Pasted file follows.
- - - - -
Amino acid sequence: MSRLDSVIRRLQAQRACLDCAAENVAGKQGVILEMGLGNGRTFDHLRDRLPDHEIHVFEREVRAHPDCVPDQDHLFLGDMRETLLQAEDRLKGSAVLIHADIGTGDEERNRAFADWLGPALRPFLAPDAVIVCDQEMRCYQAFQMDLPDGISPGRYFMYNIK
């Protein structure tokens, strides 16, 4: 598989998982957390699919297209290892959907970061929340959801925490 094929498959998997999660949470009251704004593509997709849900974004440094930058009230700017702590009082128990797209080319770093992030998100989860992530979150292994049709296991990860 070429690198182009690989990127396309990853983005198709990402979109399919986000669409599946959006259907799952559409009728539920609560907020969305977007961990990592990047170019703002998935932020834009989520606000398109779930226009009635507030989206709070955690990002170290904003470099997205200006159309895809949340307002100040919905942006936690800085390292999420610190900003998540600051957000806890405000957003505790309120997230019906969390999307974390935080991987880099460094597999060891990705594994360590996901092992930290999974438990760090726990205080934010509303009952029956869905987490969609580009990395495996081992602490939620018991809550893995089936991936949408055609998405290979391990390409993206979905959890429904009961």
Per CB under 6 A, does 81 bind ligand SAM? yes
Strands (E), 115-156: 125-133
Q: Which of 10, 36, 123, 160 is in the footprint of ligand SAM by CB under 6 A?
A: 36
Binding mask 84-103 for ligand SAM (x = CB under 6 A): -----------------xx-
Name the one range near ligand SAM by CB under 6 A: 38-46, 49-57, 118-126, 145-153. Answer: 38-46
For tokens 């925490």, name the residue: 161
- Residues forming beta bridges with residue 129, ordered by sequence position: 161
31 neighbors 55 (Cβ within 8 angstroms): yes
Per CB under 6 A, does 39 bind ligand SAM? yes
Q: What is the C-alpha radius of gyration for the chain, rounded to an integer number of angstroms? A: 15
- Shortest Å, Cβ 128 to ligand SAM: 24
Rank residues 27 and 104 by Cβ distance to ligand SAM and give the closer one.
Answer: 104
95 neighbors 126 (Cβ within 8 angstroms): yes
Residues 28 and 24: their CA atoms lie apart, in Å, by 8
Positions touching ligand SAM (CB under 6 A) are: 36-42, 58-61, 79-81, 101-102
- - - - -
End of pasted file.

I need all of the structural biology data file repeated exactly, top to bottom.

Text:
Amino acid sequence: MSRLDSVIRRLQAQRACLDCAAENVAGKQGVILEMGLGNGRTFDHLRDRLPDHEIHVFEREVRAHPDCVPDQDHLFLGDMRETLLQAEDRLKGSAVLIHADIGTGDEERNRAFADWLGPALRPFLAPDAVIVCDQEMRCYQAFQMDLPDGISPGRYFMYNIK
């Protein structure tokens, strides 16, 4: 598989998982957390699919297209290892959907970061929340959801925490 094929498959998997999660949470009251704004593509997709849900974004440094930058009230700017702590009082128990797209080319770093992030998100989860992530979150292994049709296991990860 070429690198182009690989990127396309990853983005198709990402979109399919986000669409599946959006259907799952559409009728539920609560907020969305977007961990990592990047170019703002998935932020834009989520606000398109779930226009009635507030989206709070955690990002170290904003470099997205200006159309895809949340307002100040919905942006936690800085390292999420610190900003998540600051957000806890405000957003505790309120997230019906969390999307974390935080991987880099460094597999060891990705594994360590996901092992930290999974438990760090726990205080934010509303009952029956869905987490969609580009990395495996081992602490939620018991809550893995089936991936949408055609998405290979391990390409993206979905959890429904009961």
Per CB under 6 A, does 81 bind ligand SAM? yes
Strands (E), 115-156: 125-133
Q: Which of 10, 36, 123, 160 is in the footprint of ligand SAM by CB under 6 A?
A: 36
Binding mask 84-103 for ligand SAM (x = CB under 6 A): -----------------xx-
Name the one range near ligand SAM by CB under 6 A: 38-46, 49-57, 118-126, 145-153. Answer: 38-46
For tokens 């925490």, name the residue: 161
- Residues forming beta bridges with residue 129, ordered by sequence position: 161
31 neighbors 55 (Cβ within 8 angstroms): yes
Per CB under 6 A, does 39 bind ligand SAM? yes
Q: What is the C-alpha radius of gyration for the chain, rounded to an integer number of angstroms? A: 15
- Shortest Å, Cβ 128 to ligand SAM: 24
Rank residues 27 and 104 by Cβ distance to ligand SAM and give the closer one.
Answer: 104
95 neighbors 126 (Cβ within 8 angstroms): yes
Residues 28 and 24: their CA atoms lie apart, in Å, by 8
Positions touching ligand SAM (CB under 6 A) are: 36-42, 58-61, 79-81, 101-102